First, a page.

SWOT stands for Strengths, Weaknesses, Opportunities and Threats. This kind of analysis is usually done by managers when undertaking a new project or entering into some new deal. They basically analyze the strengths and weaknesses of the deal/project, and see the opportunities and the threats (or risks) involved in it.
So, a SWOT analysis of yourself should be divided into 4 parts:
1. strengths : here u mention all ur strenghts, pertaining to the job u have applied for.
2. weaknesses: ur weaknesses, if any. try n keep this column short.
3. opportunities: how the company stands to benefit by hiring u. what all u can do for them.
4. threats: what problems might the company face in the future if they hire u.
for further reference, see:
SWOT Analysis: Lesson
Strengths, Weaknesses, Opportunites and Threats (SWOT).
SWOT analysis is a tool for auditing an organization and its environment. It is the first stage of planning and helps marketers to focus on key issues. SWOT stands for strengths, weaknesses, opportunities, and threats. Strengths and weaknesses are internal factors. Opportunities and threats are external factors.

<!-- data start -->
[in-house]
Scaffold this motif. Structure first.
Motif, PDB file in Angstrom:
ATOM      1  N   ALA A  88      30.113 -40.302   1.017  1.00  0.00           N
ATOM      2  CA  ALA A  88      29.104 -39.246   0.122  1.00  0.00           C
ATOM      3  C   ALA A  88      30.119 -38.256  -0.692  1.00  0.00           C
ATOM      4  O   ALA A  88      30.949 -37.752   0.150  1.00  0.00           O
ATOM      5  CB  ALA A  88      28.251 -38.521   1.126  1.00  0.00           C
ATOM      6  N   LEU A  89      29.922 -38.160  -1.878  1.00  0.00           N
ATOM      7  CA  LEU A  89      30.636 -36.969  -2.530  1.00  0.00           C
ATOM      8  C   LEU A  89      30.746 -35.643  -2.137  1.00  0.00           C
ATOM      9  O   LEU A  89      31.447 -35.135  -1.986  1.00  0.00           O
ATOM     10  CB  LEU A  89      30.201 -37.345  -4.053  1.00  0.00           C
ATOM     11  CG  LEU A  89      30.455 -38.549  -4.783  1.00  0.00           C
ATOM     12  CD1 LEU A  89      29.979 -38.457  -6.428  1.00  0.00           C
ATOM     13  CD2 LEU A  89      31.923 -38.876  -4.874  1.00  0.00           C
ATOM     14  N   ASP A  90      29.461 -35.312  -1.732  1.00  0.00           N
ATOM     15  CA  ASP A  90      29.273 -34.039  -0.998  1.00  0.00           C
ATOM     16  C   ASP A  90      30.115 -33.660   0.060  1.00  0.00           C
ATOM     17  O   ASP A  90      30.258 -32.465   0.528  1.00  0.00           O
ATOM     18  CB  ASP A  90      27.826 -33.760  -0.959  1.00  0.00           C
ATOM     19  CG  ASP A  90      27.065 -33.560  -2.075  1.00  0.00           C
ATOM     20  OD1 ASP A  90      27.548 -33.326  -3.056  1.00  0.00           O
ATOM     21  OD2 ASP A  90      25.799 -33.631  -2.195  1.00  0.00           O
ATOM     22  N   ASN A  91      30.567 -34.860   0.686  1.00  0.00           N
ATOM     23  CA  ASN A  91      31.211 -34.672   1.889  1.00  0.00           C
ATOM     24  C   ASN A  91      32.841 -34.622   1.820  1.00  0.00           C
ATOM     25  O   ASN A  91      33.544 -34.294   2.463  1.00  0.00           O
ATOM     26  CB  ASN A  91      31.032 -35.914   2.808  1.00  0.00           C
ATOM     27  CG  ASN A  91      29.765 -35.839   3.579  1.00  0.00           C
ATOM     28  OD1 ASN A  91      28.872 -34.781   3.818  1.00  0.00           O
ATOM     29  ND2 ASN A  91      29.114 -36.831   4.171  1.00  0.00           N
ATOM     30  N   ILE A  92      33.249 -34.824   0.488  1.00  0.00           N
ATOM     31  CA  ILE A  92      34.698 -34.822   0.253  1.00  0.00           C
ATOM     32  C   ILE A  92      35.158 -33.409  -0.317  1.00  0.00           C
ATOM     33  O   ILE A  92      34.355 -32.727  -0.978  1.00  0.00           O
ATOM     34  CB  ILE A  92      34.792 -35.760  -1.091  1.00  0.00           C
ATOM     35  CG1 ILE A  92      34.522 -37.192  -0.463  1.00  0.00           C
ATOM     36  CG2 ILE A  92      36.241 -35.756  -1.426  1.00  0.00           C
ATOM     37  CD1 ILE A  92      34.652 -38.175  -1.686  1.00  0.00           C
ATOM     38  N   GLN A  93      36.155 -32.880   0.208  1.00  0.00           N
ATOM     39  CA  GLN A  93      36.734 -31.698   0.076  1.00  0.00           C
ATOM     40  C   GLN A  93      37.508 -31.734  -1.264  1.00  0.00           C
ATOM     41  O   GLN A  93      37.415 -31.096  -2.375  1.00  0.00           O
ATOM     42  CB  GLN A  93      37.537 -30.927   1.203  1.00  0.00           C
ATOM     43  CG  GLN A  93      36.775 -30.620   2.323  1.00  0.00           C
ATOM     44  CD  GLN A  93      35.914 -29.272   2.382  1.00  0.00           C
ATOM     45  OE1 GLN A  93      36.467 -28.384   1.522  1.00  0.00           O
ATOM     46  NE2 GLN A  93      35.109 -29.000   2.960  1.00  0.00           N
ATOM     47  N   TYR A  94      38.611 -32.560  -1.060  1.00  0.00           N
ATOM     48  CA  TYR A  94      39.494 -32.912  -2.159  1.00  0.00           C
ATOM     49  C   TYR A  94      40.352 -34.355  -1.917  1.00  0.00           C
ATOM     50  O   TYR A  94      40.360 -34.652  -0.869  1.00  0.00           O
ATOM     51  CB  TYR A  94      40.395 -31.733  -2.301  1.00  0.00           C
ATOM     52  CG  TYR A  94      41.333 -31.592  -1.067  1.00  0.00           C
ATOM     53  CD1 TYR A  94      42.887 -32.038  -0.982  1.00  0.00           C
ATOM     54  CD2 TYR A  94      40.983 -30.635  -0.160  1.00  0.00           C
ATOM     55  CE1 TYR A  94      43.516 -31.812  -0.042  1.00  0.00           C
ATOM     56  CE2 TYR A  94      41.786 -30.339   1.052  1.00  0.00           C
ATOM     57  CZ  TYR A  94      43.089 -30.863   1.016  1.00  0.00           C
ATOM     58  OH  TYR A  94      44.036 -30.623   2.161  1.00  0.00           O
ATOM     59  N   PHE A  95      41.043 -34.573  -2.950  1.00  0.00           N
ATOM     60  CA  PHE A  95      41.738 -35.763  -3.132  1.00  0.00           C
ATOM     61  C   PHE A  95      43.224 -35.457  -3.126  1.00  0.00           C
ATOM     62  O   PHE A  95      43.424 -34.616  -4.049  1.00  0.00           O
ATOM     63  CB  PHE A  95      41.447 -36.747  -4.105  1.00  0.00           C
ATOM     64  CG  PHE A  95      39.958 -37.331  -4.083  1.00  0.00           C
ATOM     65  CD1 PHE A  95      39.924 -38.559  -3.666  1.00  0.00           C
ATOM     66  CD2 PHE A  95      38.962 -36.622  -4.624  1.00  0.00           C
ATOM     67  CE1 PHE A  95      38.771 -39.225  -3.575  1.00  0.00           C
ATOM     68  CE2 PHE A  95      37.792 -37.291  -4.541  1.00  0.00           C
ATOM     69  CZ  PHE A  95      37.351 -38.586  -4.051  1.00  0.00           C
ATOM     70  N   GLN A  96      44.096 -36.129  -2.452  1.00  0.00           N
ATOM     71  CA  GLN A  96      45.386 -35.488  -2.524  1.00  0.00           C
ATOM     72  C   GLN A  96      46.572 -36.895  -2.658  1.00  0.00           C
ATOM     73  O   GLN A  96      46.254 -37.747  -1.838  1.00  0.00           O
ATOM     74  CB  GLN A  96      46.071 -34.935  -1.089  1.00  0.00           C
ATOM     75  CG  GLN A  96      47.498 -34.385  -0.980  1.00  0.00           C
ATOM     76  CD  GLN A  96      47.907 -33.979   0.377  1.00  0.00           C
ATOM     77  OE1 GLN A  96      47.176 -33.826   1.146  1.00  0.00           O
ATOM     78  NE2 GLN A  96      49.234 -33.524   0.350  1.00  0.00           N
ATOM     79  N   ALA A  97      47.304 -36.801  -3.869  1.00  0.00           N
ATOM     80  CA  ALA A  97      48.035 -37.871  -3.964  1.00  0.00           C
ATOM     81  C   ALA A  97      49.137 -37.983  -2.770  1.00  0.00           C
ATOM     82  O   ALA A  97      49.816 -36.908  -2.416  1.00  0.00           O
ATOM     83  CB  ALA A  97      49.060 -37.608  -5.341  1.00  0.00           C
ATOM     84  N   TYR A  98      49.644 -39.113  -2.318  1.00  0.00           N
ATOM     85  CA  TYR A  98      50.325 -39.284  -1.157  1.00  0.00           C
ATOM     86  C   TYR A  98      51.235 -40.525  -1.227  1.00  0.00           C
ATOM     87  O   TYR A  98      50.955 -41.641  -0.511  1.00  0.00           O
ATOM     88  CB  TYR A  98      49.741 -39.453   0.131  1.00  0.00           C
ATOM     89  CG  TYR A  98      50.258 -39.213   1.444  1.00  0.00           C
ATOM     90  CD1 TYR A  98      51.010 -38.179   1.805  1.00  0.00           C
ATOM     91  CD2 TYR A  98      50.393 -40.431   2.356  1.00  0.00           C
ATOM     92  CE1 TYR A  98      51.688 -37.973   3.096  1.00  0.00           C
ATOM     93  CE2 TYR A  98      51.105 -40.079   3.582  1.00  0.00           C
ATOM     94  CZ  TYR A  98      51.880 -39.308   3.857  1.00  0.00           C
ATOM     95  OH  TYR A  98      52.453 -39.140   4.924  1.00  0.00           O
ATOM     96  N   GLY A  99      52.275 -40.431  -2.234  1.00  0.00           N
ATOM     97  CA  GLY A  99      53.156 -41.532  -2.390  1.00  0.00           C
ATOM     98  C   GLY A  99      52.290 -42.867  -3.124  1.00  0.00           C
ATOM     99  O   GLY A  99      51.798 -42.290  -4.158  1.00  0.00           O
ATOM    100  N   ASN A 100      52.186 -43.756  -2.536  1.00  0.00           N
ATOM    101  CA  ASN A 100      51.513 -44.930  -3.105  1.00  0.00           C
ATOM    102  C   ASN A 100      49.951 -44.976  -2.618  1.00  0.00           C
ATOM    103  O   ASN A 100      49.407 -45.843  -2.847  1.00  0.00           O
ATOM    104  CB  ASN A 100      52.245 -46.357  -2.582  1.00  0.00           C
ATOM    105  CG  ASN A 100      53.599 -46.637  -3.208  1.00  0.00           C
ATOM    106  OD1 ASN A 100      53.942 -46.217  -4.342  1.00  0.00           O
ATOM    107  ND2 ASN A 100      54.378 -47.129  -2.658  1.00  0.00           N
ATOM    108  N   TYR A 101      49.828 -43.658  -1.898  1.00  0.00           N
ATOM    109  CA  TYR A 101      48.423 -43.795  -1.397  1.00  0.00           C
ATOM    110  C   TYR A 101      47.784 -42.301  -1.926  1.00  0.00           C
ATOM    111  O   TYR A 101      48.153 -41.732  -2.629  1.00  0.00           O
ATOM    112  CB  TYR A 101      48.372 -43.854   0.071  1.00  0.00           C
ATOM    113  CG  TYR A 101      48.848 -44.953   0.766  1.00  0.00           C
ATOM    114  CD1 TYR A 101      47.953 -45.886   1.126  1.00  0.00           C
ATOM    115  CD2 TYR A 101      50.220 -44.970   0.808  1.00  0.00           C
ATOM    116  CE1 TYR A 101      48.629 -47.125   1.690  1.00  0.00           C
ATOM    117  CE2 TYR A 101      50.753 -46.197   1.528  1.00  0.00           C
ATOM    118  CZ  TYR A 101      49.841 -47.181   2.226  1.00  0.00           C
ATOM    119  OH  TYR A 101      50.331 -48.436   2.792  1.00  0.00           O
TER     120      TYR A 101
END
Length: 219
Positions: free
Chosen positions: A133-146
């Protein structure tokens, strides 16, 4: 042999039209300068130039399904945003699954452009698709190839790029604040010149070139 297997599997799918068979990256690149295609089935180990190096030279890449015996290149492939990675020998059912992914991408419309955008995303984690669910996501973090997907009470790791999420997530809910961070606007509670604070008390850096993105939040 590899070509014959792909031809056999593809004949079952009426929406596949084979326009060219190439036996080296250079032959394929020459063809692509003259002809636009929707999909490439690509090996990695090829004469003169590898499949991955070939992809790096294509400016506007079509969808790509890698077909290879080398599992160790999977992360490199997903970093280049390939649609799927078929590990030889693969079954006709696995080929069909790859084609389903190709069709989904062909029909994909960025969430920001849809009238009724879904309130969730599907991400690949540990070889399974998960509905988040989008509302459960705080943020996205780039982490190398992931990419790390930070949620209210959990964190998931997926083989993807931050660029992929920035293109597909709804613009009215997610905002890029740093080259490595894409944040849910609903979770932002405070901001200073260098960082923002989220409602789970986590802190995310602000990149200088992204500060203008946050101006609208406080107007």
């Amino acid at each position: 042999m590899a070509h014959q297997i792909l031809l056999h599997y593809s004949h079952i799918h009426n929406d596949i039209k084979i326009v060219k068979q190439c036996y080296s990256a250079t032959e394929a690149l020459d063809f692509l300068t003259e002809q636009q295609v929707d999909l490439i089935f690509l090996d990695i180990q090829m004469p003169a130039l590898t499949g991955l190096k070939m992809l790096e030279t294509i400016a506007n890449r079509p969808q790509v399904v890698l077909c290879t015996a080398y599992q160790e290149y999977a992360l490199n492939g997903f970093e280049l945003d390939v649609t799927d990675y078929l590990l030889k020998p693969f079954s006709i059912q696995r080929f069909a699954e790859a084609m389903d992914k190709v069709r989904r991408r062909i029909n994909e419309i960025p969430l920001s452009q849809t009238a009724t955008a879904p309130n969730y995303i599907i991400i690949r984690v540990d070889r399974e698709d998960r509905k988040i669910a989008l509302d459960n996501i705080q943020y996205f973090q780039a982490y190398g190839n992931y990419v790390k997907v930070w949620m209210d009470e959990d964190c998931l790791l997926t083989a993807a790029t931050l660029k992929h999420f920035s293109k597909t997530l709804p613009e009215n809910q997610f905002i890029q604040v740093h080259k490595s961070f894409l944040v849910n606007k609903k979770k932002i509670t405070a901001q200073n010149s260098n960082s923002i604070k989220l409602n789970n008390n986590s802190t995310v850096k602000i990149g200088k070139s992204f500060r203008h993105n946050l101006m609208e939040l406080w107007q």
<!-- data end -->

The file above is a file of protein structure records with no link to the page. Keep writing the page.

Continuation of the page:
In SWOT, strengths and weaknesses are internal factors. For example:A strength could be:
Your specialist marketing expertise.
A new, innovative product or service.
Location of your business.
Quality processes and procedures.
Any other aspect of your business that adds value to your product or service.
A weakness could be:
Lack of marketing expertise.
Undifferentiated products or services (i.e. in relation to your competitors).
Location of your business.
Poor quality goods or services.
In SWOT, opportunities and threats are external factors. For example: An opportunity could be:
A developing market such as the Internet.
Mergers, joint ventures or strategic alliances.
Moving into new market segments that offer improved profits.
A new international market.
A market vacated by an ineffective competitor.
A threat could be:
A new competitor in your home market.